Fabrice Muamba was 'dead' for 80 minutes, reveal amazed doctors
Fabrice Muamba was “in effect dead” for almost 80 minutes, doctors have said as they hailed his “miraculous” recovery.
The cardiologist who leapt from his seat in the crowd and rushed on to the pitch to help the Bolton footballer after he suffered a cardiac arrest during an FA Cup match said he was already making jokes again while in intensive care.
Dr Andrew Deaner recalled his visit to Muamba after he had just woken up.
“I whispered into his ear: ‘What's your name?',” he said, and the footballer gave his name.
Dr Deaner went on: “I said ‘I understand you're a very good footballer'. And he said ‘I try'.”
The doctor, who has been widely praised for his efforts to save the 23-year-old footballer, added: “If you're going to use the term miraculous, it could be used here.”
Meanwhile, Bolton Wanderers' team doctor Jonathan Tobin, who also rushed to the player's side when he collapsed on Saturday, admitted breaking down in tears afterwards, fearing the worst.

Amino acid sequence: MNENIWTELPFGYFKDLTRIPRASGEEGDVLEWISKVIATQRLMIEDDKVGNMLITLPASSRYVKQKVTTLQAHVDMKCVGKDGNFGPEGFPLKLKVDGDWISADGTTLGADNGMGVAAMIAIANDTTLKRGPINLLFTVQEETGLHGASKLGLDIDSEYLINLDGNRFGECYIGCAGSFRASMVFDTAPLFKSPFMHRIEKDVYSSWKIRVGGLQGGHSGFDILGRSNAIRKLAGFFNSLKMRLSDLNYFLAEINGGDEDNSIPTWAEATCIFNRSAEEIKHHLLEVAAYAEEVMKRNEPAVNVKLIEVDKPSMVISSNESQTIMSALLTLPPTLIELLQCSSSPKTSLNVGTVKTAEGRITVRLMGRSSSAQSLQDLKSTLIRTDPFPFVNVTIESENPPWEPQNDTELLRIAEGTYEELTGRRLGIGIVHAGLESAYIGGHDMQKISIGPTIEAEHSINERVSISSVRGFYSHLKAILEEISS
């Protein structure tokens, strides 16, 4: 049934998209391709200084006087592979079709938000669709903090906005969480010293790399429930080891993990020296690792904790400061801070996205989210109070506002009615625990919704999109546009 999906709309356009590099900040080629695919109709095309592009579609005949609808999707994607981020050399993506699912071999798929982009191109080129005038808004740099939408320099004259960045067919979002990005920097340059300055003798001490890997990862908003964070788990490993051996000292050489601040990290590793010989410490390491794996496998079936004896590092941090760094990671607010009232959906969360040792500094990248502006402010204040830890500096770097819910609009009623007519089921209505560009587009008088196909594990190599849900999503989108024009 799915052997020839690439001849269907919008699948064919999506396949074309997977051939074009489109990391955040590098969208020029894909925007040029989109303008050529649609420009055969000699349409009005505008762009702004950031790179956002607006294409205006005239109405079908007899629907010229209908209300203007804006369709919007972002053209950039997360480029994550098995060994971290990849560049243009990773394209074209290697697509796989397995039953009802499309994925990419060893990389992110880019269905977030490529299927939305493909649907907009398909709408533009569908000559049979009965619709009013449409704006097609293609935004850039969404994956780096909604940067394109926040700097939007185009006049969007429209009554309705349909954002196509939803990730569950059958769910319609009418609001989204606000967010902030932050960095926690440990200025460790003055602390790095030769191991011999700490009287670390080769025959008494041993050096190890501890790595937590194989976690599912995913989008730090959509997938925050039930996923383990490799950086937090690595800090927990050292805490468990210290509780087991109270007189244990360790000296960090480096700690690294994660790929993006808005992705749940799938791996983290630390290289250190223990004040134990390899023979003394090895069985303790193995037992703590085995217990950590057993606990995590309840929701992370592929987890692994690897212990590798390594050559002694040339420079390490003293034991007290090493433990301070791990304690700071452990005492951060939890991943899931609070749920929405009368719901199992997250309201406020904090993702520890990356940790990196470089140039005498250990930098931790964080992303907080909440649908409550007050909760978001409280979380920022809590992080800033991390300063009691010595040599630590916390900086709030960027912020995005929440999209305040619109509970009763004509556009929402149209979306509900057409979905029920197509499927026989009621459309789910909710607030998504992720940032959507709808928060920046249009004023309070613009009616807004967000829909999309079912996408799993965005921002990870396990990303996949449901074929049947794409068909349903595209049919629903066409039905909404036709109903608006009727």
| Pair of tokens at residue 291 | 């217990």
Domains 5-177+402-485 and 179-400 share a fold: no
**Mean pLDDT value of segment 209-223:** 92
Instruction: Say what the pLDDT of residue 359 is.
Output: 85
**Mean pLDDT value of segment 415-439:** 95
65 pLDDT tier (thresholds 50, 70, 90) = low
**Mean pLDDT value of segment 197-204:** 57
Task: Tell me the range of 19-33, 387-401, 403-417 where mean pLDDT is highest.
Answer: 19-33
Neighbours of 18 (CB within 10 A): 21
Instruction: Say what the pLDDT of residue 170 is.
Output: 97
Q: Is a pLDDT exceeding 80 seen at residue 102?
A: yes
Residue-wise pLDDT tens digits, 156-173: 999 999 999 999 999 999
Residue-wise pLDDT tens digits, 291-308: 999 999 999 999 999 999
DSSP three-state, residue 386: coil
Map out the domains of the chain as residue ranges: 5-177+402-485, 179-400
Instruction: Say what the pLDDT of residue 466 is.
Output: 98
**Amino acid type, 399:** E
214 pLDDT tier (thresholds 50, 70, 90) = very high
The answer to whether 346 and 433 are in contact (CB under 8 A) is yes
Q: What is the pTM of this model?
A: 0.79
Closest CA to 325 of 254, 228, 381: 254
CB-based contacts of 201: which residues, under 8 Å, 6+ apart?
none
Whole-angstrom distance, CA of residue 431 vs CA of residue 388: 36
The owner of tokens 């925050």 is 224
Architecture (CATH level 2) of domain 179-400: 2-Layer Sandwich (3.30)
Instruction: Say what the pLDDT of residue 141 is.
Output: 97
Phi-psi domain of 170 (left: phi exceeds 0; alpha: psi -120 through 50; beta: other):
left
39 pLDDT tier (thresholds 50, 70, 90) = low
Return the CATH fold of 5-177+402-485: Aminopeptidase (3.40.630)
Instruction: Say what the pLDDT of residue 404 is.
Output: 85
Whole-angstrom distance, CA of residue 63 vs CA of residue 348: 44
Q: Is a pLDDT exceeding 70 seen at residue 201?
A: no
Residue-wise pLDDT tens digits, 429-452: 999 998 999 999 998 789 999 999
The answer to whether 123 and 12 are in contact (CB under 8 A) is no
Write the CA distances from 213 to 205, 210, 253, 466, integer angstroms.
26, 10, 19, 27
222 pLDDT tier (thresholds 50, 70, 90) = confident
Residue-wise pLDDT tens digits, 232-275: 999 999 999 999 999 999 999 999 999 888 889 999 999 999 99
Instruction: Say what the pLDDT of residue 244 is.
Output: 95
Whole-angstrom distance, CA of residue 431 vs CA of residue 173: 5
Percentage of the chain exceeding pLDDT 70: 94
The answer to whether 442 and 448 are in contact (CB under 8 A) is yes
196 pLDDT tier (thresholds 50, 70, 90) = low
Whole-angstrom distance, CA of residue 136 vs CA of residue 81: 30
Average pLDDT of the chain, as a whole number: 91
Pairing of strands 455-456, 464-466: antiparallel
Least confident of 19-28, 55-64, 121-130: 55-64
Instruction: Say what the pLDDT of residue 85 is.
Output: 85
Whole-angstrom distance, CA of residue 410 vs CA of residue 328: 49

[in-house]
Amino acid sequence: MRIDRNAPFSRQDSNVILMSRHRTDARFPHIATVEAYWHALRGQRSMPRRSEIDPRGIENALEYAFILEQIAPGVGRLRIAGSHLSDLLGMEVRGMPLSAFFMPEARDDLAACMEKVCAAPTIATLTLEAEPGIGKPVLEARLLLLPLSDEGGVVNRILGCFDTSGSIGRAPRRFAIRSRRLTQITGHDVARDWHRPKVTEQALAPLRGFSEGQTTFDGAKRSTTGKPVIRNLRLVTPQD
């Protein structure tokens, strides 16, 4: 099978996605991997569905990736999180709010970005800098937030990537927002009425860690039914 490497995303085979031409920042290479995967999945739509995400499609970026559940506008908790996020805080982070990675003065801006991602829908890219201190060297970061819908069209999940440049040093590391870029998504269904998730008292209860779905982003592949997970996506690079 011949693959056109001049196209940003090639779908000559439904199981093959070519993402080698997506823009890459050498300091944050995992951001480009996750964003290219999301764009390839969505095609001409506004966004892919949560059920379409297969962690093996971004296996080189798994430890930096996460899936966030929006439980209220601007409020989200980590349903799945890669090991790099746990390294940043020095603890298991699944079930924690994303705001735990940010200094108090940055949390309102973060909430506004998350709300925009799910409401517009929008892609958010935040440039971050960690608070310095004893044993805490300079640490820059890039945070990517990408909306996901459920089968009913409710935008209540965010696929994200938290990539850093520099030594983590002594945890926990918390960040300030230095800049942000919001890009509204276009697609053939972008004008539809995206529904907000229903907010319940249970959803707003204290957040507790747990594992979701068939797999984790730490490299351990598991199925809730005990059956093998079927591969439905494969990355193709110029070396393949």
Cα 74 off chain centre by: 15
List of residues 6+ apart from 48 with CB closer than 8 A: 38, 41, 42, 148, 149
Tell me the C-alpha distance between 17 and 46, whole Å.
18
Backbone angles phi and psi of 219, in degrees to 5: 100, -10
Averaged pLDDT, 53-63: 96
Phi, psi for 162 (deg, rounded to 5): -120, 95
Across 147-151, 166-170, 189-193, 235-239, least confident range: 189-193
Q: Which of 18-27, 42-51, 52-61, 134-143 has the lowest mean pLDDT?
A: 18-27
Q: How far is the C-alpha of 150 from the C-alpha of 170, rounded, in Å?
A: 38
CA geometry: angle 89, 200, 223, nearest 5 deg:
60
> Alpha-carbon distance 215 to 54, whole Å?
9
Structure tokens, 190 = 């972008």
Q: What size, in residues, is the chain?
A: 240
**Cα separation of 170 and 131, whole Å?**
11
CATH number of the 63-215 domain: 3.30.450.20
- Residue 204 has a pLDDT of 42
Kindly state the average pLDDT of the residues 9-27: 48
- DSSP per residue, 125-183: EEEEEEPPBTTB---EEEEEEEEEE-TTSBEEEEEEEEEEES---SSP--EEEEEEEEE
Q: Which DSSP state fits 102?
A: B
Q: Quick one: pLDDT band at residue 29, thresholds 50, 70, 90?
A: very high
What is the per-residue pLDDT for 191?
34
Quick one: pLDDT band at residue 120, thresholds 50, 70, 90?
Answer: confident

It took 15 shocks to get the player's heart started after he collapsed, Dr Tobin said. Speaking at the London Chest Hospital in Bethnal Green, east London, where Muamba is being treated, he told of the nerve-racking 80 minutes in which Muamba's heart failed to beat.
“It was 48 minutes from the time he collapsed to the time he reached the hospital and then it was a further 30 minutes in the hospital they were working on him without his heart having a muscular beat,” he said. “(Eighty minutes) without his heart beating and without him breathing — in effect he was dead in that time.”
Dr Tobin expressed cautious optimism about Muamba's recovery, revealing that the player had already declared himself “fine”.
Consultant cardiologist Dr Sam Mohiddin, who has been caring for Muamba at the hospital, said the case was “extraordinary”.
Dr Mohiddin could not predict how long it might be before Muamba is fully recovered.
Tottenham's team doctor Shabaaz Mughal was also among the medics who battled to save Muamba as he lay on the pitch.
It was a “worst-case scenario” he had trained and prepared for but had hoped “deep down” he would not have to see, he said.
“(Eighty minutes) without his heart beating and without him breathing — in effect he was dead in that time.”
Bolton Wanderers' team doctor Jonathan Tobin
“If you're going to use the term miraculous, it could be used here.”
Dr Andrew Deaner, cardiologist